Lots of folks are scratching their head about today’s dismal UMich/Reuters consumer sentiment number coming in so ugly, just as retail sales for September came in so strong.
We’re not quite sure what to make of it either, except the obvious point that maybe consumers don’t always do what they say.
That being said, we wanted to look at two charts on what it might mean for markets.
First, this long-term chart at the survey shows something interesting: Historically, these dismal numbers in consumer sentiment have been associated with fantastic buying opportunities in the stock market.
Photo: Doug Short
Eager to look more at the connection between consumer sentiment and stocks, we made the following chart showing UMich consumer sentiment vs. the year-over-year change in the S&P (basically, the annual growth rate of the S&P, rather than the nominal level).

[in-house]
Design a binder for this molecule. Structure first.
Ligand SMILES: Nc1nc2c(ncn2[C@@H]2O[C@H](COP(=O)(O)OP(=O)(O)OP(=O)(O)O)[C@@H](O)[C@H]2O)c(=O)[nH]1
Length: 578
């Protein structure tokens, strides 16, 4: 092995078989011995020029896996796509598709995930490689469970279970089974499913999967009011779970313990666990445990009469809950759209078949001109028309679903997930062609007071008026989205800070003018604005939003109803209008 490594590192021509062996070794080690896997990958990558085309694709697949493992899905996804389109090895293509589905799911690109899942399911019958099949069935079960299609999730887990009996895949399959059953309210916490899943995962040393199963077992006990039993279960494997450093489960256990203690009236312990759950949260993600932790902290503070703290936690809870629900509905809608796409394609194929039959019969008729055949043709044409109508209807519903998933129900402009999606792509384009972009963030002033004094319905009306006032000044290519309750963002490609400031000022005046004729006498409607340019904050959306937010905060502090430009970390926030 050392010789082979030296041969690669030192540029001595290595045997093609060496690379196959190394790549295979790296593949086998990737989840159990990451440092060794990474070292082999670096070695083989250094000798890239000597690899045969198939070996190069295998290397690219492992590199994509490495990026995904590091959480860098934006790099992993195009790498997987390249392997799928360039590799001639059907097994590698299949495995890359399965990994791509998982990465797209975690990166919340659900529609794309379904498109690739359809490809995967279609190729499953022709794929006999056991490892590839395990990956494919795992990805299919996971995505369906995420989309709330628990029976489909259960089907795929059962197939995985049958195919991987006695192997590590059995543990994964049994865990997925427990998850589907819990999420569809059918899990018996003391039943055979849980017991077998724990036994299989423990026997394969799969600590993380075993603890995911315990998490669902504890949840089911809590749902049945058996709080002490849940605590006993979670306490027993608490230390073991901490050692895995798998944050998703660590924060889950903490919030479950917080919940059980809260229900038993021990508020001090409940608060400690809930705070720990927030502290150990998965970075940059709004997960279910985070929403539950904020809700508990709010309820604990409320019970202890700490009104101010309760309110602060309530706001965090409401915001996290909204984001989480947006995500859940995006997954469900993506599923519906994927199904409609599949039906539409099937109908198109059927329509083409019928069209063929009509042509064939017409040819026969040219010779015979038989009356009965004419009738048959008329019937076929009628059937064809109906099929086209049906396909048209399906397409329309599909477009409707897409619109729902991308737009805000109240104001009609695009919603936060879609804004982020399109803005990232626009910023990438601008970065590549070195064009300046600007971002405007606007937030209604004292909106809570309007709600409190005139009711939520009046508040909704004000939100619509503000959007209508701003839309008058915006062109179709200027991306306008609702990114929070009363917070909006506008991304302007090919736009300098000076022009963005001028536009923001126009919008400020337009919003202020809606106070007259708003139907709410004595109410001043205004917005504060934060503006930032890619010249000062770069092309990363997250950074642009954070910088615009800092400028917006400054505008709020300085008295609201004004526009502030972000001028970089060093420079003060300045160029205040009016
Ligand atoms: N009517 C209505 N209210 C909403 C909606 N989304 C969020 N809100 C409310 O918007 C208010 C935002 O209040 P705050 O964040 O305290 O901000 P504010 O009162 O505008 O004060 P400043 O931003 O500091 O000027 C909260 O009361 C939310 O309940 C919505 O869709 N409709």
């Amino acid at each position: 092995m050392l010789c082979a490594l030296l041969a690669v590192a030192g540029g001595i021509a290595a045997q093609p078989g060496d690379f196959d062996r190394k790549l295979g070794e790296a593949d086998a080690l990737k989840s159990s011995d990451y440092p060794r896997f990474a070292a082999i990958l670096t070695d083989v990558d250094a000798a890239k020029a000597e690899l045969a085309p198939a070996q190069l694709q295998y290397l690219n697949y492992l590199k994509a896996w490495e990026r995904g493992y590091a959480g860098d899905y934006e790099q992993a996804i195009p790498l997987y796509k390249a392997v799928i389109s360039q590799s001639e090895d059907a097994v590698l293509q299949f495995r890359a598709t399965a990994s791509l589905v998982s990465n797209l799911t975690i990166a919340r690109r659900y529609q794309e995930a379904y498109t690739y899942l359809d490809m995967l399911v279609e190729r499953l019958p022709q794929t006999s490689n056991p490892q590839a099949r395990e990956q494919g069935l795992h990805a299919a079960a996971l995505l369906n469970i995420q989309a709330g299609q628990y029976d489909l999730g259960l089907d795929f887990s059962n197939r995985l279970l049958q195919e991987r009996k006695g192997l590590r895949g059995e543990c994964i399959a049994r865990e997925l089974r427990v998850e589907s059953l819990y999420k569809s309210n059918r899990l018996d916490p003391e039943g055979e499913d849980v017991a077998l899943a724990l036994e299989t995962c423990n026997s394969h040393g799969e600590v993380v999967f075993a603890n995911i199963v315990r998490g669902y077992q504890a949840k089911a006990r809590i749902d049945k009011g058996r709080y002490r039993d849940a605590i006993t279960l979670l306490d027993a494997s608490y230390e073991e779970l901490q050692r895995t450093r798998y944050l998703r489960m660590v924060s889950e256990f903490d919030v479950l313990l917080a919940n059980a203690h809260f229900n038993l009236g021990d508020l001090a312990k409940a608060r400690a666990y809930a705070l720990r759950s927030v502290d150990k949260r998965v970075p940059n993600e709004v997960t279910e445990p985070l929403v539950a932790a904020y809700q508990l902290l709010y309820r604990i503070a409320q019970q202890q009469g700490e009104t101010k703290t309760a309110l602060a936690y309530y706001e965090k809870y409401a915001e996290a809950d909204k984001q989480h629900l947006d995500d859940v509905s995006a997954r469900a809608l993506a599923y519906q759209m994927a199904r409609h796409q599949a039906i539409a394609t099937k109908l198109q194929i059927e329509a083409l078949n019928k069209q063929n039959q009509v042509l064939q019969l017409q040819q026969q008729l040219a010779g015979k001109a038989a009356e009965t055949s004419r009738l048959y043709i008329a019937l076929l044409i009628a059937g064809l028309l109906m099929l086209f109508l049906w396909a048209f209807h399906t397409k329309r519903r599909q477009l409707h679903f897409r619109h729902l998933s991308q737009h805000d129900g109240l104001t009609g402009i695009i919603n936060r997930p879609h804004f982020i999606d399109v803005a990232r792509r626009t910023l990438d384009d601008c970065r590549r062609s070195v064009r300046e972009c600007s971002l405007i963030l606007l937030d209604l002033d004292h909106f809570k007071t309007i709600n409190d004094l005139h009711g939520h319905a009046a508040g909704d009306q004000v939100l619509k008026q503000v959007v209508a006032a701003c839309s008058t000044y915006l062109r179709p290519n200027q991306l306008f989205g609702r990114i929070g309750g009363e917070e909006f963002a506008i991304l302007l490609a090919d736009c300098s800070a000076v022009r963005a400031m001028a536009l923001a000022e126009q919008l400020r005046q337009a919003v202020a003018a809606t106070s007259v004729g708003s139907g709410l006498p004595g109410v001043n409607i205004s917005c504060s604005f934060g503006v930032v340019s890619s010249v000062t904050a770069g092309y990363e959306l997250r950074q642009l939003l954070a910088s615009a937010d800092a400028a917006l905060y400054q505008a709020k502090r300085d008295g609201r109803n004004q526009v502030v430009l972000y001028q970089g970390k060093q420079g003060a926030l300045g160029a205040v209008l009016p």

Perhaps it’s not surprising, but it is interesting how tightly these two numbers have moved together, especially since the 2000. They basically jump and bottom at identical moments, and even to the same degree.
Bottom line is this: This currently depressed level of sentiment IS associated with big bull runs henceforth, and there is clearly even a short-term connection between stocks and this number.